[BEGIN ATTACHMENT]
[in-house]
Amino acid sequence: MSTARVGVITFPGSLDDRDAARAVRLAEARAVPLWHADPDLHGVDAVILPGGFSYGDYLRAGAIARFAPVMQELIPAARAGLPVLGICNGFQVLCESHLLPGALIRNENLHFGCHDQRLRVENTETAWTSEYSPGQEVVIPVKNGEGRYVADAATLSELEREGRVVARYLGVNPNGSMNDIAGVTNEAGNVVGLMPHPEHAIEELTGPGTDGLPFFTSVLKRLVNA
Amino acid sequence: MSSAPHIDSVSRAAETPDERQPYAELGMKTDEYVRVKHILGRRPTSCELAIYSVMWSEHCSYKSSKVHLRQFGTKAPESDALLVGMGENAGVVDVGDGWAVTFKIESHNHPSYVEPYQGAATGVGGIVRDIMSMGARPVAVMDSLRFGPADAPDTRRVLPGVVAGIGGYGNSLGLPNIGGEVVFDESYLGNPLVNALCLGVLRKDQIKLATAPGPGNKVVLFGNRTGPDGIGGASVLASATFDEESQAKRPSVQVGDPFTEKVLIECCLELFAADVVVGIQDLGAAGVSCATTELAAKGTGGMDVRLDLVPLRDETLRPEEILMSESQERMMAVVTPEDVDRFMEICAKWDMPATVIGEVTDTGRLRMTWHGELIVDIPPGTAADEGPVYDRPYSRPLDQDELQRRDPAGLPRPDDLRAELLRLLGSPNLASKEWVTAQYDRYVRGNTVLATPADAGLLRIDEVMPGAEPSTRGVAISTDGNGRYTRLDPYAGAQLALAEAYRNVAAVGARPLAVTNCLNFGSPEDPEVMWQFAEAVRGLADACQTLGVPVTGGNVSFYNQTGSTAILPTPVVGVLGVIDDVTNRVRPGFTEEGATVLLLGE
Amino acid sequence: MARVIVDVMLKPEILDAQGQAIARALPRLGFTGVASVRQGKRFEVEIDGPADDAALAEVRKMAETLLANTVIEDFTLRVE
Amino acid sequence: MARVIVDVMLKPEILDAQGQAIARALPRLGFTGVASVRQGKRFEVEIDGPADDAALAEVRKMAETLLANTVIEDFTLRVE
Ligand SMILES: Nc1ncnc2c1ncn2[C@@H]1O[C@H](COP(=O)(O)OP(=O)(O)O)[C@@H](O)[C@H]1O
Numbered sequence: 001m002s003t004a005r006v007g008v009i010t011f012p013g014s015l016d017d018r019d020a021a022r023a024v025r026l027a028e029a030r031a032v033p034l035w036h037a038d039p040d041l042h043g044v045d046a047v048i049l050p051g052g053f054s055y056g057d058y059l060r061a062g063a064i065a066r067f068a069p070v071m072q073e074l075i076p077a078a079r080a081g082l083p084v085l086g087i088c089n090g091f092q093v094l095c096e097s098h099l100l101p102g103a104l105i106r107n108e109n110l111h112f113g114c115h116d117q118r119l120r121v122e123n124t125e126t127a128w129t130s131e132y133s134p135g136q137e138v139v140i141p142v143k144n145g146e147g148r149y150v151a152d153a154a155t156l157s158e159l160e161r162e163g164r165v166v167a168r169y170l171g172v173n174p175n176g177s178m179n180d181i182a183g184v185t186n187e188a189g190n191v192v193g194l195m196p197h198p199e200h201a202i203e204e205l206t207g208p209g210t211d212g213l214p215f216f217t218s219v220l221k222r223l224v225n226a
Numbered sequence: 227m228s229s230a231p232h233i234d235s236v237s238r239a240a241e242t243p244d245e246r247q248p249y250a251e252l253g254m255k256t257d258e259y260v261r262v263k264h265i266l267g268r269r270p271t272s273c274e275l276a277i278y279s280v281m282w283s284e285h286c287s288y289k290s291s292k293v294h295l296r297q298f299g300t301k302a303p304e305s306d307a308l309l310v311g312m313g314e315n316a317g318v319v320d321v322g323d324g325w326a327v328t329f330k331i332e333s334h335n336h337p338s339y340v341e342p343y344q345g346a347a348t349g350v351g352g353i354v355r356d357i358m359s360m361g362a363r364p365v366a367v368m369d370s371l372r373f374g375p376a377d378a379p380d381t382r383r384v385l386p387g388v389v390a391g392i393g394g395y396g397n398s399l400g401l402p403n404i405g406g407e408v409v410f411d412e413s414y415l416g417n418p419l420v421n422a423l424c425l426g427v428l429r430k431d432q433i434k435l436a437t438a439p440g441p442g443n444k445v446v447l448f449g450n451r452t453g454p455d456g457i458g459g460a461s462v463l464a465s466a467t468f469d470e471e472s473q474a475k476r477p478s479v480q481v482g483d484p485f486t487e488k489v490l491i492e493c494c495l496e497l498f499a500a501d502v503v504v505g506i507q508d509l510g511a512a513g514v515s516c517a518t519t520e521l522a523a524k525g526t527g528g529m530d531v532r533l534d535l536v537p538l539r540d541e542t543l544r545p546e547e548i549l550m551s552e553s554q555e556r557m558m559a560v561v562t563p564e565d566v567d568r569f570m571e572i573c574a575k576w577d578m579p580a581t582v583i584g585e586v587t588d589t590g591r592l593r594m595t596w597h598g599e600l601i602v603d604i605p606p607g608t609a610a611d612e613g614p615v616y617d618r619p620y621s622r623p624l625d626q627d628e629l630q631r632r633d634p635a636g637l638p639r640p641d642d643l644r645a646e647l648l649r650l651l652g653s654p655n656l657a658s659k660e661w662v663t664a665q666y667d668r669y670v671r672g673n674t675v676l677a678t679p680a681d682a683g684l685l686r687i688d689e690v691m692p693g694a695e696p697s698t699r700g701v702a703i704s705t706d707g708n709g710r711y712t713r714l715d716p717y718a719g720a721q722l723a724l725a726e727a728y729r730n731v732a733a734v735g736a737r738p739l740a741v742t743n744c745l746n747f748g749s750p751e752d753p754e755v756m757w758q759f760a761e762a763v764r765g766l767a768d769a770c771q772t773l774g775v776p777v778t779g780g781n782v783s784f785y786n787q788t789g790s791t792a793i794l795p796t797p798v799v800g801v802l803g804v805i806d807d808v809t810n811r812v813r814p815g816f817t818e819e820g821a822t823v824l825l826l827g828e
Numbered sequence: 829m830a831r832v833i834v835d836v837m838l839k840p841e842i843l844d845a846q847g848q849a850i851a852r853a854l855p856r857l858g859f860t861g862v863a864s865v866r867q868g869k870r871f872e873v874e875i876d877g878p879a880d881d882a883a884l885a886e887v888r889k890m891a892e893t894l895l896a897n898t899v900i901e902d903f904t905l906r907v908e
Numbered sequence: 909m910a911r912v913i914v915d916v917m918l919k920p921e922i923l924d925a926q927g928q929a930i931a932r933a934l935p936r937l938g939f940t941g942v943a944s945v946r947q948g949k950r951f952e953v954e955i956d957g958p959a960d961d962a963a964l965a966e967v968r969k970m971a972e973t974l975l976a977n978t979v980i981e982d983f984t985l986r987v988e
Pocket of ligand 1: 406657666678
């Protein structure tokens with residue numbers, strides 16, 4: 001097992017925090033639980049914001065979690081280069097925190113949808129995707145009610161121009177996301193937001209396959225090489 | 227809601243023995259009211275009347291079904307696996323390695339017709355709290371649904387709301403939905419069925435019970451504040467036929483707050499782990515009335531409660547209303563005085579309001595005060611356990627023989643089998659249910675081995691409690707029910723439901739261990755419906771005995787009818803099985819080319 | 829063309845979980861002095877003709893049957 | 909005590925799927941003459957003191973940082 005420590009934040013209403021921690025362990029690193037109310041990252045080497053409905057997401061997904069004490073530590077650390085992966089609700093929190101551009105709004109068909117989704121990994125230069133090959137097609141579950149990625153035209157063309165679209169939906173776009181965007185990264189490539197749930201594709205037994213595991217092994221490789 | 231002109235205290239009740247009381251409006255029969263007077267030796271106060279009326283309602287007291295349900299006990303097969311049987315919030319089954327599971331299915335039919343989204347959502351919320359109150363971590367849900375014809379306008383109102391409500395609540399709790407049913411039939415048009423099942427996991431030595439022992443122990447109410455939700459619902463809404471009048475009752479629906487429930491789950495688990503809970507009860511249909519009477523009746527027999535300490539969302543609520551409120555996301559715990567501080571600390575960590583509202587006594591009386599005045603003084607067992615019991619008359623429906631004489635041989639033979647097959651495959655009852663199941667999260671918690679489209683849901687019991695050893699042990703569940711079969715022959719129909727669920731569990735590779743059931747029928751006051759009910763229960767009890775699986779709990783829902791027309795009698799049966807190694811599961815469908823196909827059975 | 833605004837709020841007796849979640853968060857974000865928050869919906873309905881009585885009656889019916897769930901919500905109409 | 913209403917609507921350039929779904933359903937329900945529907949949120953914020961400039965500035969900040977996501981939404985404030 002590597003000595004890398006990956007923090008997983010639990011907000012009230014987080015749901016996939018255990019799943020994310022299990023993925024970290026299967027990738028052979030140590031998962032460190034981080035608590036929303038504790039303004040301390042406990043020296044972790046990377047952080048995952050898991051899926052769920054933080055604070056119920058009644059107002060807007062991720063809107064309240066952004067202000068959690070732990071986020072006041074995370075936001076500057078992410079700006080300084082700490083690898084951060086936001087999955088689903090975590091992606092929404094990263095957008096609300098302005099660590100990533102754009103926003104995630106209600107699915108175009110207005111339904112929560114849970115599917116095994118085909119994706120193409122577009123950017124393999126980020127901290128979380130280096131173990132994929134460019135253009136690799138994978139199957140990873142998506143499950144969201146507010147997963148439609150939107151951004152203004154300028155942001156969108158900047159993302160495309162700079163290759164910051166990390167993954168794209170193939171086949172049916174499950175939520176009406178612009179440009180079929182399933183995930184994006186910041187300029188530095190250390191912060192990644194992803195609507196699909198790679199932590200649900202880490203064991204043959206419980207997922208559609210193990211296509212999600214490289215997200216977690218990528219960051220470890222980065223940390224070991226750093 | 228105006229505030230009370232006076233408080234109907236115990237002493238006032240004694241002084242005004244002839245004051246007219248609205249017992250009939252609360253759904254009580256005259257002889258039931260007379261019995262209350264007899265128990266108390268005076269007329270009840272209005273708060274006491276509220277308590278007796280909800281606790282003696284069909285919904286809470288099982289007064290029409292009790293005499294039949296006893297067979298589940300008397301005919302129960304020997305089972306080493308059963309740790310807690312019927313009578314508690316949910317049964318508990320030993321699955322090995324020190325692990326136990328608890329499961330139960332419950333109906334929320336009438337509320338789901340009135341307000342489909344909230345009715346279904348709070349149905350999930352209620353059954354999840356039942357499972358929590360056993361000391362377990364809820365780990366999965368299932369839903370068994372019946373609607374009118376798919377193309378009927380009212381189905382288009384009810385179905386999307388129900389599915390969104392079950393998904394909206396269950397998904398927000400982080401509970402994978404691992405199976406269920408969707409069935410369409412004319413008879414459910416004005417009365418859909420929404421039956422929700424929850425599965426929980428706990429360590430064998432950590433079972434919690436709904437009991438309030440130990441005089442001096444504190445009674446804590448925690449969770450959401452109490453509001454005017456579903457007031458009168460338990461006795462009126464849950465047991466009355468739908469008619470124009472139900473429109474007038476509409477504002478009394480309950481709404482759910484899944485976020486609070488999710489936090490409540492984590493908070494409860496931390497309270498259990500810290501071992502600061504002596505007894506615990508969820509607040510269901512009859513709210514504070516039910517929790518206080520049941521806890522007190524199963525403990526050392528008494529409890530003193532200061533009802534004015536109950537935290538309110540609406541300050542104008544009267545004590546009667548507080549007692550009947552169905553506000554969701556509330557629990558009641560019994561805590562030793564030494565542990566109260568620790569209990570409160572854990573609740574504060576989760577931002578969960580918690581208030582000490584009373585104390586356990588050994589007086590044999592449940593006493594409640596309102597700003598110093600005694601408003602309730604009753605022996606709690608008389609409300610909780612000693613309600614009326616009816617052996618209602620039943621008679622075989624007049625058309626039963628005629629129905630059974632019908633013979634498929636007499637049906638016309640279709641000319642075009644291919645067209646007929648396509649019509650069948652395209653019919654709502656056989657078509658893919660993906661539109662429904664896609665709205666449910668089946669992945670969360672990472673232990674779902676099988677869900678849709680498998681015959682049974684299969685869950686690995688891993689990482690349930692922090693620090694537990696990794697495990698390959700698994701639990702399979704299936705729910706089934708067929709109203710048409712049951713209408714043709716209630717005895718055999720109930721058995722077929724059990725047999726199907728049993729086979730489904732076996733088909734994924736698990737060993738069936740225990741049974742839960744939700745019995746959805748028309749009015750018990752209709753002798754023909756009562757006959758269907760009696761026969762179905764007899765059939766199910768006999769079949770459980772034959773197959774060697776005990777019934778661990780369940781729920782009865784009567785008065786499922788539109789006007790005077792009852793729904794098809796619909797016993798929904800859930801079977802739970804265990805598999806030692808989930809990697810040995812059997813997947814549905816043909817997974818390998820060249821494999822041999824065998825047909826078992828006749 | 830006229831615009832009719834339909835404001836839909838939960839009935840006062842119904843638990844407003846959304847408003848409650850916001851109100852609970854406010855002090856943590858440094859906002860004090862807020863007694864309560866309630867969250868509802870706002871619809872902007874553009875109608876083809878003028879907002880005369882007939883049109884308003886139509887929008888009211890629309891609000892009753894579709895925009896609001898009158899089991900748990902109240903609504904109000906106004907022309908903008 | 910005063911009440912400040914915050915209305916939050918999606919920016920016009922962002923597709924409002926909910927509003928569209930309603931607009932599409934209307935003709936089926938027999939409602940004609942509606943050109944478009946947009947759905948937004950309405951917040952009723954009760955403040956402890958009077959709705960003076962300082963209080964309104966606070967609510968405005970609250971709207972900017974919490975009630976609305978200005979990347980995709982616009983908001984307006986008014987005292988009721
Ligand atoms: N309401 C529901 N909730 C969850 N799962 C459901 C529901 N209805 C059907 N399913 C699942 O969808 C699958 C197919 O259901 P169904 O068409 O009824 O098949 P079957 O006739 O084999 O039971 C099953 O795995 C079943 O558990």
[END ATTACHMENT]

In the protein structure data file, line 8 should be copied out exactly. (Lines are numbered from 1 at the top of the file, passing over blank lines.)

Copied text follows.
Numbered sequence: 227m228s229s230a231p232h233i234d235s236v237s238r239a240a241e242t243p244d245e246r247q248p249y250a251e252l253g254m255k256t257d258e259y260v261r262v263k264h265i266l267g268r269r270p271t272s273c274e275l276a277i278y279s280v281m282w283s284e285h286c287s288y289k290s291s292k293v294h295l296r297q298f299g300t301k302a303p304e305s306d307a308l309l310v311g312m313g314e315n316a317g318v319v320d321v322g323d324g325w326a327v328t329f330k331i332e333s334h335n336h337p338s339y340v341e342p343y344q345g346a347a348t349g350v351g352g353i354v355r356d357i358m359s360m361g362a363r364p365v366a367v368m369d370s371l372r373f374g375p376a377d378a379p380d381t382r383r384v385l386p387g388v389v390a391g392i393g394g395y396g397n398s399l400g401l402p403n404i405g406g407e408v409v410f411d412e413s414y415l416g417n418p419l420v421n422a423l424c425l426g427v428l429r430k431d432q433i434k435l436a437t438a439p440g441p442g443n444k445v446v447l448f449g450n451r452t453g454p455d456g457i458g459g460a461s462v463l464a465s466a467t468f469d470e471e472s473q474a475k476r477p478s479v480q481v482g483d484p485f486t487e488k489v490l491i492e493c494c495l496e497l498f499a500a501d502v503v504v505g506i507q508d509l510g511a512a513g514v515s516c517a518t519t520e521l522a523a524k525g526t527g528g529m530d531v532r533l534d535l536v537p538l539r540d541e542t543l544r545p546e547e548i549l550m551s552e553s554q555e556r557m558m559a560v561v562t563p564e565d566v567d568r569f570m571e572i573c574a575k576w577d578m579p580a581t582v583i584g585e586v587t588d589t590g591r592l593r594m595t596w597h598g599e600l601i602v603d604i605p606p607g608t609a610a611d612e613g614p615v616y617d618r619p620y621s622r623p624l625d626q627d628e629l630q631r632r633d634p635a636g637l638p639r640p641d642d643l644r645a646e647l648l649r650l651l652g653s654p655n656l657a658s659k660e661w662v663t664a665q666y667d668r669y670v671r672g673n674t675v676l677a678t679p680a681d682a683g684l685l686r687i688d689e690v691m692p693g694a695e696p697s698t699r700g701v702a703i704s705t706d707g708n709g710r711y712t713r714l715d716p717y718a719g720a721q722l723a724l725a726e727a728y729r730n731v732a733a734v735g736a737r738p739l740a741v742t743n744c745l746n747f748g749s750p751e752d753p754e755v756m757w758q759f760a761e762a763v764r765g766l767a768d769a770c771q772t773l774g775v776p777v778t779g780g781n782v783s784f785y786n787q788t789g790s791t792a793i794l795p796t797p798v799v800g801v802l803g804v805i806d807d808v809t810n811r812v813r814p815g816f817t818e819e820g821a822t823v824l825l826l827g828e